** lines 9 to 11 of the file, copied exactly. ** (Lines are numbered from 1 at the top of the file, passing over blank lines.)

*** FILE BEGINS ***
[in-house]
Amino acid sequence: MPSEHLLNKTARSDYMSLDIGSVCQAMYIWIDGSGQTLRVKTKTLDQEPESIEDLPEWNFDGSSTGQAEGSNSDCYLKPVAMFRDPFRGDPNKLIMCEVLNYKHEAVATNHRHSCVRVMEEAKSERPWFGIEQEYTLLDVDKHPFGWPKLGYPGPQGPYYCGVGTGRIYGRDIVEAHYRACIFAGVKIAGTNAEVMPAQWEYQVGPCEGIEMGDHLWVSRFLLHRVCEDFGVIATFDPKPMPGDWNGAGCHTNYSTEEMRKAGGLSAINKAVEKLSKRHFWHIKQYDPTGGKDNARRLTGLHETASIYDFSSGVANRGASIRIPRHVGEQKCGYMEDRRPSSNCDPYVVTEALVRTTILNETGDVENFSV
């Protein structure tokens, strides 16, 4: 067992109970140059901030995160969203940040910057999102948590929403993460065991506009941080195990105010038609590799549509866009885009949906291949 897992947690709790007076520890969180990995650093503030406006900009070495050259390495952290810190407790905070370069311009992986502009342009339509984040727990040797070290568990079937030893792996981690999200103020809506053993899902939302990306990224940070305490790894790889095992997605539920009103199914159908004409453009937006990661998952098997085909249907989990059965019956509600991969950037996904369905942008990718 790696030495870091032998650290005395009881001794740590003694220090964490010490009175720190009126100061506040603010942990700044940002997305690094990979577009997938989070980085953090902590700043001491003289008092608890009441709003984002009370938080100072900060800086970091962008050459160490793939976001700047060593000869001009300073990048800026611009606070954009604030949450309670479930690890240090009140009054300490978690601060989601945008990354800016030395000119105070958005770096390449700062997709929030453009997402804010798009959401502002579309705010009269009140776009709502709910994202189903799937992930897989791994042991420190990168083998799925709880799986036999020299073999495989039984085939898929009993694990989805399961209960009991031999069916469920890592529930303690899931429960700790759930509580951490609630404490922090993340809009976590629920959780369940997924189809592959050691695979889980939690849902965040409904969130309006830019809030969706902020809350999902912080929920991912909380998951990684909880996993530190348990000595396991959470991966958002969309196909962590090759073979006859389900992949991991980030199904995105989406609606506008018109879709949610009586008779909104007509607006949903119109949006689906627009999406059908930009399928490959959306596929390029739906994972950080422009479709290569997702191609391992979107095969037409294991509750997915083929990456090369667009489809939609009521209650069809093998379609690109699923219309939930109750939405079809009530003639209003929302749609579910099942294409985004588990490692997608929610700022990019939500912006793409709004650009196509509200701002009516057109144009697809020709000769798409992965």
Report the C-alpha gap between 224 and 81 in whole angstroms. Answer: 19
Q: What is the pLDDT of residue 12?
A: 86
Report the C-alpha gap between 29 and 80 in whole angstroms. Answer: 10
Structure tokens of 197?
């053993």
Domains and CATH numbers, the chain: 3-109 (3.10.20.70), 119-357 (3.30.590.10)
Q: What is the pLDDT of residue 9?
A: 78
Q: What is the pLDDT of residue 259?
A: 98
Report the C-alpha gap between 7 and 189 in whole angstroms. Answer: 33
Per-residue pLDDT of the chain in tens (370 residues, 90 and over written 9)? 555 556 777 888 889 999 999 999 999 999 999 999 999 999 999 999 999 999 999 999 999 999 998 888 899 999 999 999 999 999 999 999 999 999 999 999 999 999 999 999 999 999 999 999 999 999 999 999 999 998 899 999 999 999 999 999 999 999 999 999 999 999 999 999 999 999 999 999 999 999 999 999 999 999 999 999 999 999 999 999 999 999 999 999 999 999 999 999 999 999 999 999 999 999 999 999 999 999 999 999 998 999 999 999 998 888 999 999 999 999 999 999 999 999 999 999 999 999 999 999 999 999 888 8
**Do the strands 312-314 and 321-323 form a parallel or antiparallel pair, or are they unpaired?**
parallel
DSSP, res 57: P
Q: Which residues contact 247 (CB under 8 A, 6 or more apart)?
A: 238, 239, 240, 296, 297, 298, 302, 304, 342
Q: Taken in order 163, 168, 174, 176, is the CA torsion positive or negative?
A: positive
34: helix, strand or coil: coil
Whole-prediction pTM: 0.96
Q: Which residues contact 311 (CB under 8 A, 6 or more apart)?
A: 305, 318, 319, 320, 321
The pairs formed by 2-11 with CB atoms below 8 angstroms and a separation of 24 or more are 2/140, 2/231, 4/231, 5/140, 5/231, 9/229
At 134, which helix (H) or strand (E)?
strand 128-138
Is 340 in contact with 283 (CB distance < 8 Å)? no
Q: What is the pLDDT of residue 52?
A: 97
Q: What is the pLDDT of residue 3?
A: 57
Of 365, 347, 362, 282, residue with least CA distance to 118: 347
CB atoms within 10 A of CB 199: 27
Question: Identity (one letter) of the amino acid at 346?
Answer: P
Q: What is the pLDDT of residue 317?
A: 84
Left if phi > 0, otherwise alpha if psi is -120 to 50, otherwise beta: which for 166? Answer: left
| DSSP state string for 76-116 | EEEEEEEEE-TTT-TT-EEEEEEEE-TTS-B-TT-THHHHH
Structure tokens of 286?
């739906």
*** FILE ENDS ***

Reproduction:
């053993």
Domains and CATH numbers, the chain: 3-109 (3.10.20.70), 119-357 (3.30.590.10)
Q: What is the pLDDT of residue 9?